Between 1890 and 1910, there was a spiral staircase that wrapped around a tree trunk. This allowed people to climb down to the bottom of the escarpment. However, it was pretty dangerous and was eventually torn down.

We caught some safe glimpses of DeCew Falls before continuing on our hike, following the white blazes of the Bruce Trail.

Bruce Trail Hike #6 - DeCew Falls

Bruce Trail Hike #6 - DeCew Falls

Bruce Trail Hike #6 - DeCew Falls

SHORT HILLS PROVINCIAL PARK

With the exception of hiking down one paved road, we were walking through the forest from this moment on. The Bruce Trail meandered through Short Hills Provincial Park. It was my first time visiting this protected section of the greenbelt – I didn’t even know it existed until now. Short Hills Provincial Park is the largest park in the Niagara Region. That’s one thing that I truly love about this journey of hiking the Bruce Trail: I discover so many natural areas close to home that I never knew about.

Bruce Trail Hike #6 - Short Hills Provincial Park

Bruce Trail Hike #6 - Short Hills Provincial Park

Bruce Trail Hike #6 - Short Hills Provincial Park

Bruce Trail Hike #6 - Short Hills Provincial Park
We will start our hike here next time!

 

We really didn’t tackle too much of Short Hills Provincial Park. We’ll save that for next time. The heat was getting to us, so we turned around and hiked back to the car. As per our tradition, we went out for vegan nachos, meatless wings, and cold beers at the Merchant Ale House in St. Catharines. I may or may not have run through a random sprinkler on the way back. Don’t judge – it was REALLY hot out there!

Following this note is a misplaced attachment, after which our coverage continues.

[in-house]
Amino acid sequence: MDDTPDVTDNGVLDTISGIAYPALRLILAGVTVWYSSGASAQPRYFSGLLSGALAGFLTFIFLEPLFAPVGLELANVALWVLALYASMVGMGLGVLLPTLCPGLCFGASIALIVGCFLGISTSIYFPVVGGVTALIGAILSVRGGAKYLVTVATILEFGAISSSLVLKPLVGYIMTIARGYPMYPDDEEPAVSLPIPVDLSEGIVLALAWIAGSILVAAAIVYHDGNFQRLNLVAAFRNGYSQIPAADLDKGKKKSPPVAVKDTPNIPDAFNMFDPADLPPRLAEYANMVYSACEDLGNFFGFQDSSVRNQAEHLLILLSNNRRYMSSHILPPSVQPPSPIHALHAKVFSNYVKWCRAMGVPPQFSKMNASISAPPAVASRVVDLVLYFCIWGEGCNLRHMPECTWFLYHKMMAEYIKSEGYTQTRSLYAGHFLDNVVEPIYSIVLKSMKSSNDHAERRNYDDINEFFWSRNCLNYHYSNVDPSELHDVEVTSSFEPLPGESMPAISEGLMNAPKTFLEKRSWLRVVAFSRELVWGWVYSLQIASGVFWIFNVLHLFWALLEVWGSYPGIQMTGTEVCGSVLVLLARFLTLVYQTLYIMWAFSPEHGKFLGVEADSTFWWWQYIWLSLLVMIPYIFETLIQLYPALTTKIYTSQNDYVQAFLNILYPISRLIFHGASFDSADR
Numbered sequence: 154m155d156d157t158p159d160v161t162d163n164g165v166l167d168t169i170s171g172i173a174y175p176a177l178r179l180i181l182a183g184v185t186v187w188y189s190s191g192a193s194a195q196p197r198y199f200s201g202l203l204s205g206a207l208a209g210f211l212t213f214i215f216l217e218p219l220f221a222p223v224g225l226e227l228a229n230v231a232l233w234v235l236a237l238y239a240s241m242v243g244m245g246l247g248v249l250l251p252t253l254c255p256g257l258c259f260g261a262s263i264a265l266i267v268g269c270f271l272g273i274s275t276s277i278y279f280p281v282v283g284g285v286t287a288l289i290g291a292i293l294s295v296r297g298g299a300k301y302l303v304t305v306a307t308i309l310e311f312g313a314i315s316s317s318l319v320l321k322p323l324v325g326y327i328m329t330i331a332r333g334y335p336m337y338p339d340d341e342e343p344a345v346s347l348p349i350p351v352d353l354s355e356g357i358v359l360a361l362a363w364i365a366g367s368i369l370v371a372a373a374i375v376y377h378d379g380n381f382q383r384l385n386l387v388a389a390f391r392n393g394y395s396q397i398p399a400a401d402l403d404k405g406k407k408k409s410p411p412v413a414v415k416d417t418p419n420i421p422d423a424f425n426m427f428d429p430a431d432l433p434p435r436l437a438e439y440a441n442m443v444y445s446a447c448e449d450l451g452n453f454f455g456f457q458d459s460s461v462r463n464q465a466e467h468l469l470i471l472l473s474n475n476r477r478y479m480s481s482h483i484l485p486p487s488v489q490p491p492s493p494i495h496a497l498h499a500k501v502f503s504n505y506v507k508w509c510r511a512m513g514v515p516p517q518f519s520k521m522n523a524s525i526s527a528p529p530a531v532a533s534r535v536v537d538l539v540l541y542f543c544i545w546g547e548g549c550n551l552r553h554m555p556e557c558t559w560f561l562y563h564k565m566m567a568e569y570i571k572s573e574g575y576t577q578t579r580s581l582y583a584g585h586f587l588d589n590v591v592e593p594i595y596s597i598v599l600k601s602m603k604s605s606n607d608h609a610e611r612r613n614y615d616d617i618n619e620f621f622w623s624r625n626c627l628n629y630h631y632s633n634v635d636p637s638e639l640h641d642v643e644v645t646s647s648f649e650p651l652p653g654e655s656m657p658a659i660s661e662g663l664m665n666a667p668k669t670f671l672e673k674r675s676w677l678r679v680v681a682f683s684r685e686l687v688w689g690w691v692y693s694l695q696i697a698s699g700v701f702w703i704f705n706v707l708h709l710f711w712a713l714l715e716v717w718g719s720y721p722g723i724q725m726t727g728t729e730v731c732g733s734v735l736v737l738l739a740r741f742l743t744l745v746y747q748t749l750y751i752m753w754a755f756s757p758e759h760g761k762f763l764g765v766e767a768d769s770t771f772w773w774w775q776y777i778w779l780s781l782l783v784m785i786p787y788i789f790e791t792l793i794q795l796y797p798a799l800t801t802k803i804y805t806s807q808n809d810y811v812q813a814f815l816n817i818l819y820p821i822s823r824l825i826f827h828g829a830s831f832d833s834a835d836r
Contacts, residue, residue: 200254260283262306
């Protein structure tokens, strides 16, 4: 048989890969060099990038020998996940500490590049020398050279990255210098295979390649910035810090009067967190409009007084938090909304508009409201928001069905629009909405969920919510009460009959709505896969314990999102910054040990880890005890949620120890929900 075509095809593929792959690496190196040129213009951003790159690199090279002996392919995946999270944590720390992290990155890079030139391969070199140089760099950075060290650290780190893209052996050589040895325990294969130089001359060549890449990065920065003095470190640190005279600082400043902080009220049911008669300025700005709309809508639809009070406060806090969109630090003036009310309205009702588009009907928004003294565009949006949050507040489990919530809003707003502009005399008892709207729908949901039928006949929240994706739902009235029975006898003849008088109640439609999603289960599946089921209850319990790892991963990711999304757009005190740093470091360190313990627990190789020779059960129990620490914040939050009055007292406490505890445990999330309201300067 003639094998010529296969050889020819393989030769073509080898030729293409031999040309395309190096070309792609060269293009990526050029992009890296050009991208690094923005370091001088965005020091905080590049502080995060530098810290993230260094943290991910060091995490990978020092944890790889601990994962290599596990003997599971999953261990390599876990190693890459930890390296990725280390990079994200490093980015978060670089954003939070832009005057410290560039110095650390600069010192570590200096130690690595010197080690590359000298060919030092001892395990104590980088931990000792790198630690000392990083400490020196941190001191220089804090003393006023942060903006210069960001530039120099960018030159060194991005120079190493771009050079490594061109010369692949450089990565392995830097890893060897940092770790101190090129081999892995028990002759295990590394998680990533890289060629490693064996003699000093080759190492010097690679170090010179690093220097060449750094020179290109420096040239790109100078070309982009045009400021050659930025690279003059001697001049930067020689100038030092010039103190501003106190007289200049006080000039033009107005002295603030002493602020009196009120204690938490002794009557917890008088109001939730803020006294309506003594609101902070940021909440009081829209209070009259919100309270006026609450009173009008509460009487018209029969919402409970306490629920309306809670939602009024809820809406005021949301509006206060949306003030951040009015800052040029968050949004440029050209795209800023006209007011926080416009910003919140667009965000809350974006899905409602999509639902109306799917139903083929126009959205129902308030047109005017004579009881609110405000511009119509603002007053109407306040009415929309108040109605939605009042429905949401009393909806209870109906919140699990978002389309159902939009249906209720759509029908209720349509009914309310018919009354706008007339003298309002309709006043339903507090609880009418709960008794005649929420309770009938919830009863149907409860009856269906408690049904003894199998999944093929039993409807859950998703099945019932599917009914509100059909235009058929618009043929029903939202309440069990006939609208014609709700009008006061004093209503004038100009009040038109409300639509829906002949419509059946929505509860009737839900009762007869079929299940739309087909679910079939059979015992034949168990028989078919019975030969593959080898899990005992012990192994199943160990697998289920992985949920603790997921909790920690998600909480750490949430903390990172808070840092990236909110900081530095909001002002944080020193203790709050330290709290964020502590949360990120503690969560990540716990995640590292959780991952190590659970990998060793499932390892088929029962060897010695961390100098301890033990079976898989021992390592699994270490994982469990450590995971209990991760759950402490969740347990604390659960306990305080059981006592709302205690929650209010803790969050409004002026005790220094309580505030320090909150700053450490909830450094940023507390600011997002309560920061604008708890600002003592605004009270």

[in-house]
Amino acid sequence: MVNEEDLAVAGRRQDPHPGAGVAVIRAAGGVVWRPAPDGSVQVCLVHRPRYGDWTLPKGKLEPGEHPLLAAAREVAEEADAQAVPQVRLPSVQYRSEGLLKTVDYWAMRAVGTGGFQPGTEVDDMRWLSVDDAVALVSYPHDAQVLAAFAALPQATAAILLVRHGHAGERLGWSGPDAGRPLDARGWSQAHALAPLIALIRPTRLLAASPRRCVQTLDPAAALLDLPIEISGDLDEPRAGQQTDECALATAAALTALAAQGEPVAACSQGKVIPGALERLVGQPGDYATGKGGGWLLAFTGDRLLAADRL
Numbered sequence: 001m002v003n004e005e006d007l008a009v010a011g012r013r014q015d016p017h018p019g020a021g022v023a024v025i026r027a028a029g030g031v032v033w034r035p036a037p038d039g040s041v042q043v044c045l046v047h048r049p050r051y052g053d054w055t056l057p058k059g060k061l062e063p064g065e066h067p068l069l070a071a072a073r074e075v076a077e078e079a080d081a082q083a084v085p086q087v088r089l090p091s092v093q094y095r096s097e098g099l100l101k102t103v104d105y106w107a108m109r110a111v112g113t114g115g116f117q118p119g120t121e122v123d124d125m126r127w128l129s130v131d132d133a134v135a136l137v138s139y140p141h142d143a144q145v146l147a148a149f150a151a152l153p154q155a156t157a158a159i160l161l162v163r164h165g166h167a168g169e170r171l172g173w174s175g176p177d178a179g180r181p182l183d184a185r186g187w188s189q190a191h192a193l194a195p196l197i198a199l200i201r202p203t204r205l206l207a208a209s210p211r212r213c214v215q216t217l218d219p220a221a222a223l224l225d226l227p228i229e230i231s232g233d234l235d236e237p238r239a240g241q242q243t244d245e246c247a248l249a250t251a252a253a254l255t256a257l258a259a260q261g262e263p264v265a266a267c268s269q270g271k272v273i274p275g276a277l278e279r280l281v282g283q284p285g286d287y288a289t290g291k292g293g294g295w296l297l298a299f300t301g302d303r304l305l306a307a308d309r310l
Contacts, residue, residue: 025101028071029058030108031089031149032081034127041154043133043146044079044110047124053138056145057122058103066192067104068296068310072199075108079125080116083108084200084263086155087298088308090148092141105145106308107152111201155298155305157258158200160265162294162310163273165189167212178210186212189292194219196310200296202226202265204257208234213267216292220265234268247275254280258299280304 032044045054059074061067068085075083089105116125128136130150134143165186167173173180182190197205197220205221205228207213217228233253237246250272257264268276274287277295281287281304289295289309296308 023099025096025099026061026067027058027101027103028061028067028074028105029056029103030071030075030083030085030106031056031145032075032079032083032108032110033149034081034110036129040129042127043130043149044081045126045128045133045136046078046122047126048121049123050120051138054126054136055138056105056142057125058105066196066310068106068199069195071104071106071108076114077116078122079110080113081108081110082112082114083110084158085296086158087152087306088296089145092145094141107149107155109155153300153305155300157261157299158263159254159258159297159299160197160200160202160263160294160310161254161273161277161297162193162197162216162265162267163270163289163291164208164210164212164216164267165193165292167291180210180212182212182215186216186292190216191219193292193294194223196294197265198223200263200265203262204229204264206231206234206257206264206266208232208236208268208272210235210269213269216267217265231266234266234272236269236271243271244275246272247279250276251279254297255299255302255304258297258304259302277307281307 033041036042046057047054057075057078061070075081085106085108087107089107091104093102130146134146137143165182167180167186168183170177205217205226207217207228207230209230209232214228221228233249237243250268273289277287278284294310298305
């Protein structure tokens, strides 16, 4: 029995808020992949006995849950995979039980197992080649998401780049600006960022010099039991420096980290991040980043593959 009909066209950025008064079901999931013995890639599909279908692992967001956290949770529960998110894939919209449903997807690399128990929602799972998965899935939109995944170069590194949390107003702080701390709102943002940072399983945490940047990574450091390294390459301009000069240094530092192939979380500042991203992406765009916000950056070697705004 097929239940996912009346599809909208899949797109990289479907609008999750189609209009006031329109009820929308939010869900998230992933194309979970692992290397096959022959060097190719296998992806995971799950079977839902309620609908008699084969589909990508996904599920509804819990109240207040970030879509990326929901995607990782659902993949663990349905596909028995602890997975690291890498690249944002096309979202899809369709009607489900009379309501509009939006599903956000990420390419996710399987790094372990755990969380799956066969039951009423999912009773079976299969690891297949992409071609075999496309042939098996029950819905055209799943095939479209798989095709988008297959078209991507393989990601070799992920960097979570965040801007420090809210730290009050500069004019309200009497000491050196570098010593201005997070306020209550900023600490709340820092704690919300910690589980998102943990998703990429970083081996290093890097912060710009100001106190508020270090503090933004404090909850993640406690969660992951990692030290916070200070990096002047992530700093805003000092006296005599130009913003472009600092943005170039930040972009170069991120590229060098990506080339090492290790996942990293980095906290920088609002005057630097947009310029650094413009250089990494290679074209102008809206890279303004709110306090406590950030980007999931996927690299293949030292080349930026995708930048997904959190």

Hike # 6
Date June 17, 2016
Location Map 03, Thorold
Distance 5.2km (x2 = 10.4km)
Total Trail Distance 35 km (859km remaining)
Start 29.8 Decew House Park
Finish 35.0 Short Hills Provincial Park parking lot

 

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Bruce Trail Hike #1 (Map 01): 43.159305, -79.055411
Bruce Trail Hike #2 (Map 02): 43.158692, -79.081692
Bruce Trail Hike #3 (Map 02): 43.141046, -79.132839
Bruce Trail Hike #4: 43.142111, -79.167352
Bruce Trail Hike #5: 43.137236, -79.216565
Bruce Trail Hike #6: 43.108084, -79.250401
Bruce Trail Hike #7: 43.091049, -79.284425

 

Bruce Trail Hiking - Ontario, Canada. Hike #6 - DeCew Falls and Morningstar Mill.

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3 Responses

  1. Barbara Radisavljevic
    | Reply

    It’s beautiful country, and from the photos you can’t tell how hot it is. There is so much gorgeous scenery I’ll probably never see in this world. Thanks for sharing yours so I can at least see it second-hand.

  2. Nika Jane
    | Reply

    Hi, Lauren.This is the essence of nature. Clean and green. Thanks for sharing us your adventure. This might not too beautiful compared to other adventure but sometimes it’s good to recoup our soul to nature and wander along the lake.

  3. Adam
    | Reply

    i’ve enjoyed reading your post on hiking the Bruce Trail! Are you guys still hiking the trail?